Who will wear the crown in Canada?

The monarchy has deep roots in this nation. They can’t easily be cut.
Brian Bethune with Patricia Treble
Luke MacGregor/PA Wire/Press Association Images

As the Queen of Canada gets older and every visit to her senior dominion becomes closer to being her last, the latent flow of Canadian anti-monarchical thought bubbles to the surface. We are not fully grown up, not a real country runs the main current, so long as a foreign monarch sits on our throne, or any monarch at all, say the more militant republicans among us. Most of this grousing, which tends to rise with incidents of dysfunctionality—or embarrassing normality, depending on your view of human nature—among the lesser royals (or even ex-royals: see Sarah Ferguson), completely ignores the fact that the monarchy is sunk deep, not only in the country’s fabric, but in the effectively untouchable part of the Constitution.

Royal Tour

Replacing the monarchy would require the unanimous agreement of Parliament and all 10 provinces. Last time we tried anything like that, we ended up with the creaky travesty of the Charlottetown accord—a grab-all that included every interest-group demand short of bus passes for seniors—which was mercifully euthanized by Canadians in a 1992 referendum. In other words, any sensible politician would rather open his veins than open constitutional talks.

But let’s say the thing could be done, that some combination of dedication to principle and federal bribes could keep all the constitutional players—many of them members of aggrieved minorities who have deeply divergent notions on how the country should be organized, or whether it should exist at all (see Bloc Québécois and Assembly of First Nations)—focused on the one issue. The simplest notion, given the vast residual power still inherent in the Crown—appointing prime ministers (and weighing their requests for shutting down uncooperative parliaments), signing treaties and, oh yes, declaring war—is to keep it in a different form. First option: we disinherit the House of Windsor and replace it with our own royal family. There may have been a brief shining moment in February when the House of Crosby could have seized a vacant throne, but on the whole, the chance that Canadians, tall poppy loppers with a vengeance, would ever agree to address one of their own as “Your Majesty” is beyond risible.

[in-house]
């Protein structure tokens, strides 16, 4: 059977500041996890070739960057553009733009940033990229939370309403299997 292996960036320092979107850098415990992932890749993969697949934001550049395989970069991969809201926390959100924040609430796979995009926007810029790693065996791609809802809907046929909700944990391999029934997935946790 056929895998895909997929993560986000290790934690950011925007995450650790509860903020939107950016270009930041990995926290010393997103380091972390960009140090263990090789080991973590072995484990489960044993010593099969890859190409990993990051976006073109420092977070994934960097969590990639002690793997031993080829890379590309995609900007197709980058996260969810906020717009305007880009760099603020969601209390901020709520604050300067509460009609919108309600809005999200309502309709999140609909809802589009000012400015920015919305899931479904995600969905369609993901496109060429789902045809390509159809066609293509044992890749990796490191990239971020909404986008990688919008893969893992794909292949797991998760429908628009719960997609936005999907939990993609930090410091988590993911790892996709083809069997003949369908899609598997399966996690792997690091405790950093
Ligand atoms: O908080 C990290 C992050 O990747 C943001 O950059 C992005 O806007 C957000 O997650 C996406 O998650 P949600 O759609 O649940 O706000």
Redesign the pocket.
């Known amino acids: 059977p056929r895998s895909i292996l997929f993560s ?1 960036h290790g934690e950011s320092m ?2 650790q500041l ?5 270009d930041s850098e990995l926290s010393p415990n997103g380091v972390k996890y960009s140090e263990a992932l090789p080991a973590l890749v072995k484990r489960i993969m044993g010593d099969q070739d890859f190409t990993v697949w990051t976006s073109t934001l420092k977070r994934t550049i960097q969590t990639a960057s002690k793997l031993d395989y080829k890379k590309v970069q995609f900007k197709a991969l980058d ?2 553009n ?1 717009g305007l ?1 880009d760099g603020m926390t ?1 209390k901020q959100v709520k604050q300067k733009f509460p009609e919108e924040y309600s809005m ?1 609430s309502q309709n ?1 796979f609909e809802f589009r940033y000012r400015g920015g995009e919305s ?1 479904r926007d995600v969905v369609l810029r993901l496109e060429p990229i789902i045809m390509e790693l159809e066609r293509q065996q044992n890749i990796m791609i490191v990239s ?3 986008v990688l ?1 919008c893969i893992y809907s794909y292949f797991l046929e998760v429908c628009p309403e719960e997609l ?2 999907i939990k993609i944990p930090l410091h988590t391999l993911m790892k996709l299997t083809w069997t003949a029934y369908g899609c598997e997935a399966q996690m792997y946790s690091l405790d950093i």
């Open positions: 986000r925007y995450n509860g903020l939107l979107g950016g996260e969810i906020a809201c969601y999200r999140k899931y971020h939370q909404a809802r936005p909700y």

Next up: keep the monarchy but do away with the monarch. In other words, turn the governor general into a real-life (if non-hereditary) version of The Lord of the Ring’s Steward of Gondor, a king (or queen) in all but name. Okay, but . . . given how helpful a co-operative GG can be to a beleaguered prime minister (see Michaëlle Jean), Canadians are hardly likely to allow our new head of state to be selected by the PM any longer. Those who automatically think an election is the answer should reflect on the fact there is good reason why we don’t elect anyone on a nation-wide basis in this country. (Canada’s largest electorates are those that choose big-city mayors.) Back to those aggrieved minorities—the largest is geographically concentrated and can, if it so chooses, send to Ottawa 50-odd representatives dedicated to dismantling the country. The chances of Quebec ever seeing one of its own, however federalist, elected in a nationwide vote is minuscule; the chances of it agreeing to try, even less.

So then, that favourite of the political classes the world over, having parliamentarians (or other “eminent” citizens, say members of the Order of Canada) choose a head of state? Politicians wanted the former in the Australian constitutional referendum of 1999; Australians, hardly more democratic or distrustful of their political class than Canadians, rejected the notion, despite polls indicating majority republican sentiment. And both options—Quebec magically agreeing to popular election or an elite electorate—would inevitably put a politician in Rideau Hall, a formidable rival to the PM (especially if elected nationwide) and an invitation to political deadlock. The only way around that is to combine head of government and head of state in the same individual, as with the American president (see Richard Nixon). In a parliamentary democracy, however, where that same person also sits in and (generally) controls the legislature, the idea is nothing short of madness—not even a saint, let alone any conceivable Canadian party leader, should be trusted with that much power.

It’s time then, to reflect that history and, yes, good fortune, have conspired to provide us with an available, trained-from-birth family (however fallible) to do the job for us. Time to recall the poet W.H. Auden’s immortal remark upon hearing of the Church of England’s ill-conceived notion to “update” the poetic beauty of the 17th-century English in the King James Bible: “Why spit on your luck?”